After step 71, a step 72 is performed in which a first occurrence of a rhythmic pattern can be identified. Such an occurrence can be identified using pattern matching digital signal processing techniques and slope detection digital signal processing. An example of such digital signal processing techniques can be found in the software product ACID 3.0 developed and marketed by Sonic Foundry, Inc., of Madison, Wis., and available on the Internet at the http://www.sonicfoundry.com. In an exemplary embodiment, a first occurrence of a rhythmic pattern can be identified using an anchor point, inspection points, and other features as described with reference to FIGS. 1-6.

After step 72, a step 73 is performed in which the first rhythmic pattern identified in step 72 can be verified. In an exemplary embodiment, the rhythmic pattern is verified with user interaction. As described with respect to FIGS. 1-6, a person can selectively chose points on the recorded signal where an anchor point or pattern beginning appears to start. A pattern beginning can correspond to a downbeat in a musical selection. The user can verify the selected anchor point or downbeat visually using a graphical user interface such as the one described with reference to the screen display of FIG. 10.

After step 73, a step 74 is performed in which the length of the rhythmic pattern can be determined. In an exemplary embodiment, pattern matching digital signal processing can be used to determine the length of the rhythmic pattern. The length of the rhythmic pattern can be modified by a person visually verifying rhythmic pattern selections. Such verification can be done by a person using a graphical user interface such as the one described with reference to the screen display of FIG. 11.

After step 74, a step 75 is performed in which the rhythmic pattern can be adjusted to achieve a more precise measurement of the repeat period. In an exemplary embodiment, digital signal processing can be used to adjust the rhythmic patterns or periods to obtain a more exact period measurement. Exemplary techniques to obtaining a more precise measurement of the period are described with reference to FIGS. 1-6.

After step 75, a step 76 is performed in which the rhythmic pattern can be inspected for verification. In an exemplary embodiment, a person can verify the rhythmic patterns by inspecting each repeat of the rhythmic pattern and adjusting the pattern for any variations. As described with reference to FIGS. 1-6, the greater the number of measures or pattern periods inspected, the more precise the pattern can be. Any of a variety of techniques can be employed to verify patterns. Exemplary techniques are described with reference to FIGS. 16. Further, exemplary graphical user interfaces used to verify rhythmic patterns are described below with reference to FIGS. 13-16.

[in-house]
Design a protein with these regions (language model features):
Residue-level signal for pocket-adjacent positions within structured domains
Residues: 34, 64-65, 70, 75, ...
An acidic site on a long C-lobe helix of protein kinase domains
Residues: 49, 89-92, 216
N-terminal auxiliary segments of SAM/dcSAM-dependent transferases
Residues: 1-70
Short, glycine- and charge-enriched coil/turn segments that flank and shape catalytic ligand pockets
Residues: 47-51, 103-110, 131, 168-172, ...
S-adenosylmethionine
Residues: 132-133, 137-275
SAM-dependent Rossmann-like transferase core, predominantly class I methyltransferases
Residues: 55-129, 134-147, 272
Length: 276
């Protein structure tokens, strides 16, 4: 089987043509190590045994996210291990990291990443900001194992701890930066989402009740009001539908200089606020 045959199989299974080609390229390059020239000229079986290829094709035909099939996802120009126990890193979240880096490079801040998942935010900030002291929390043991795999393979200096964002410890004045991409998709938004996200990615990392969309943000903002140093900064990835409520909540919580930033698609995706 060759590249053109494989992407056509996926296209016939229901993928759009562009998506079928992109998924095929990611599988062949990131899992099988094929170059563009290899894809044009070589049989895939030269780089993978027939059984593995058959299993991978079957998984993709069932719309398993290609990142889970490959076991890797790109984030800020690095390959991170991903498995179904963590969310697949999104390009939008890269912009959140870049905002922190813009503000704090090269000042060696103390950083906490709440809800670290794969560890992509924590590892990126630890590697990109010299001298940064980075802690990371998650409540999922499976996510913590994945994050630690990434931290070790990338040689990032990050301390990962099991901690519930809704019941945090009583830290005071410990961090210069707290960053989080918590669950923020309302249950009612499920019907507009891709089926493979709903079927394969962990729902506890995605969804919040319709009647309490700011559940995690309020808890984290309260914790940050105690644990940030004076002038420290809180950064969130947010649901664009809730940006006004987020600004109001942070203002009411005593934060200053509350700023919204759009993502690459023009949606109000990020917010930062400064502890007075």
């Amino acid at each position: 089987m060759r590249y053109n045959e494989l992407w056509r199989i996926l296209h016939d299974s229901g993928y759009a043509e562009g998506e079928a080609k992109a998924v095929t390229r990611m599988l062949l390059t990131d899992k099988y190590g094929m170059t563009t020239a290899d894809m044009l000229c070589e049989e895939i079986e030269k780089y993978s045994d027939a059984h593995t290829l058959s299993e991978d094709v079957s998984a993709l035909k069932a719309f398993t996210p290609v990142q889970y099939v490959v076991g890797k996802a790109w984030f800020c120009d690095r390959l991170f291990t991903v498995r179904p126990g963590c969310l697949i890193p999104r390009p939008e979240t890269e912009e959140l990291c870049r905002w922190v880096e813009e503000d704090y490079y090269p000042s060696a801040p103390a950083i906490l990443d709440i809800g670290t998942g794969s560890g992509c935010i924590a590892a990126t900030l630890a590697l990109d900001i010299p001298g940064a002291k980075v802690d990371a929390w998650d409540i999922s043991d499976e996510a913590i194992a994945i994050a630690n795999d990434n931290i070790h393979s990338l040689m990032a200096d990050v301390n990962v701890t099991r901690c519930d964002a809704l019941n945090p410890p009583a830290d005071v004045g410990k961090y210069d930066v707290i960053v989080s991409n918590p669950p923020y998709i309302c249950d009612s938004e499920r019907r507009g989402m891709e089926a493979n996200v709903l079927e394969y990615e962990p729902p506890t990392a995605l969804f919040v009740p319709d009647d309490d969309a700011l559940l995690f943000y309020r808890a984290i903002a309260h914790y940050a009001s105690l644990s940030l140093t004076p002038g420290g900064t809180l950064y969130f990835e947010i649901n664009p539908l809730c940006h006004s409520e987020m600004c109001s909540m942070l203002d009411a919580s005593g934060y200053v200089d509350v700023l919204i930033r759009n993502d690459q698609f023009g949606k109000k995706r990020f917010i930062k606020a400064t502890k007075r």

After step 76, a step 77 is performed in which the rhythmic pattern can be confirmed and information regarding the pattern can be associated with the recorded signal. In an exemplary embodiment, information regarding the tempo or period pattern can be saved to a file associated with the file containing the recorded signal or, alternatively, saved to the same file as the file containing the recorded signal. Further, in another exemplary embodiment, it is possible to change the tempo of a pending audio project to match the identified tempo of the recorded signal. In such an embodiment, the pitch of the music or signal whose tempo is changed can be preserved as well. A variety of other features can be utilized once a rhythmic pattern is identified for the recorded signals. Some such features are included in the software product ACID 3.0 developed and marketed by Sonic Foundry, Inc., of Madison, Wis.

FIGS. 8-17 illustrate a variety of screen displays including graphical user interfaces (GUIs) which can be utilized in an exemplary system or method. As this disclosure provides exemplary embodiments, other interfaces can be utilized for a variety of different platforms. For example, different interfaces can be used with wireless application protocol (WAP) devices, personal digital assistants (PDAs), or any device which can be configured to perform the exemplary functions described herein.

Referring now to FIG. 8, a display screen 80 can identify that a file containing a recorded signal does not include tempo information. FIG. 9 illustrates a display screen 90 notifying a user of processing attempts to identify a first occurrence of a rhythmic pattern. FIG. 10 illustrates a display screen 100 showing an identified first rhythmic pattern and requesting verification from the user. Display screen 100 can include a signal display area 110, a scroll bar 120, a play button 130, a stop button 140, and a downbeat indicator 150. Signal display area 110 provides a graphical representation of the recorded signal. Scroll bar 120 provides the capability of scrolling throughout portions of the recorded signal as displayed in signal display area 110. Play button 130 allows the user to play the recorded signal. In an exemplary embodiment, the recorded signal can be played at any location in the signal, as selected by, for example, a mouse click by the user or other such input from a mechanism which can provide an indication of tempo changes. Stop button 140 allows the user to stop the recorded signal at any time or any location in the signal. Downbeat indicator 150 provides an indication as to the location of an anchor point or a downbeat which can be used in the identification of periods of recurring events. Such periods of recurring events can be called measures or loops.